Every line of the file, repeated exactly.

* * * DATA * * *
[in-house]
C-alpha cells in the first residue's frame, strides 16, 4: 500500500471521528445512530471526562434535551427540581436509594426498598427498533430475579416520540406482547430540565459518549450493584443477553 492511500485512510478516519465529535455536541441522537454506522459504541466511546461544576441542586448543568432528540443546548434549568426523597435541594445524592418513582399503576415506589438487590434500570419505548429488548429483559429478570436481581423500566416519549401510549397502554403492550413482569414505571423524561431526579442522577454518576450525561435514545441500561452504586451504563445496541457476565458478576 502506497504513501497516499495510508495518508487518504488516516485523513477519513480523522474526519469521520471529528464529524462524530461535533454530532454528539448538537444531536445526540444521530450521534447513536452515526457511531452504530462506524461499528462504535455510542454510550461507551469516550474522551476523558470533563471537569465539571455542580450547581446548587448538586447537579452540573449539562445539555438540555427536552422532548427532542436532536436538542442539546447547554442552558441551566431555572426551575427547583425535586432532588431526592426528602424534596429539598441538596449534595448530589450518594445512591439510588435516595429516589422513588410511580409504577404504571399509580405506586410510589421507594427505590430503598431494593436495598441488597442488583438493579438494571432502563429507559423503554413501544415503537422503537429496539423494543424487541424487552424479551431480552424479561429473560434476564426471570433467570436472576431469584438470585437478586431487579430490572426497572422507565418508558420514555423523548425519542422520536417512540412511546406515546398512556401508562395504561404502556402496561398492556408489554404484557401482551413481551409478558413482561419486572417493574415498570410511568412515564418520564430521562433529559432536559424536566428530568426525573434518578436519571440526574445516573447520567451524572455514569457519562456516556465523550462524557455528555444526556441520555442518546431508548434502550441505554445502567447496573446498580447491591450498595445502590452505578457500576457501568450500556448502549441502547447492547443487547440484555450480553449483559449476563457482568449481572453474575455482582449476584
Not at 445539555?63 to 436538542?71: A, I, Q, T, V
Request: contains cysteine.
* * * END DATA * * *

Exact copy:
[in-house]
C-alpha cells in the first residue's frame, strides 16, 4: 500500500471521528445512530471526562434535551427540581436509594426498598427498533430475579416520540406482547430540565459518549450493584443477553 492511500485512510478516519465529535455536541441522537454506522459504541466511546461544576441542586448543568432528540443546548434549568426523597435541594445524592418513582399503576415506589438487590434500570419505548429488548429483559429478570436481581423500566416519549401510549397502554403492550413482569414505571423524561431526579442522577454518576450525561435514545441500561452504586451504563445496541457476565458478576 502506497504513501497516499495510508495518508487518504488516516485523513477519513480523522474526519469521520471529528464529524462524530461535533454530532454528539448538537444531536445526540444521530450521534447513536452515526457511531452504530462506524461499528462504535455510542454510550461507551469516550474522551476523558470533563471537569465539571455542580450547581446548587448538586447537579452540573449539562445539555438540555427536552422532548427532542436532536436538542442539546447547554442552558441551566431555572426551575427547583425535586432532588431526592426528602424534596429539598441538596449534595448530589450518594445512591439510588435516595429516589422513588410511580409504577404504571399509580405506586410510589421507594427505590430503598431494593436495598441488597442488583438493579438494571432502563429507559423503554413501544415503537422503537429496539423494543424487541424487552424479551431480552424479561429473560434476564426471570433467570436472576431469584438470585437478586431487579430490572426497572422507565418508558420514555423523548425519542422520536417512540412511546406515546398512556401508562395504561404502556402496561398492556408489554404484557401482551413481551409478558413482561419486572417493574415498570410511568412515564418520564430521562433529559432536559424536566428530568426525573434518578436519571440526574445516573447520567451524572455514569457519562456516556465523550462524557455528555444526556441520555442518546431508548434502550441505554445502567447496573446498580447491591450498595445502590452505578457500576457501568450500556448502549441502547447492547443487547440484555450480553449483559449476563457482568449481572453474575455482582449476584
Not at 445539555?63 to 436538542?71: A, I, Q, T, V
Request: contains cysteine.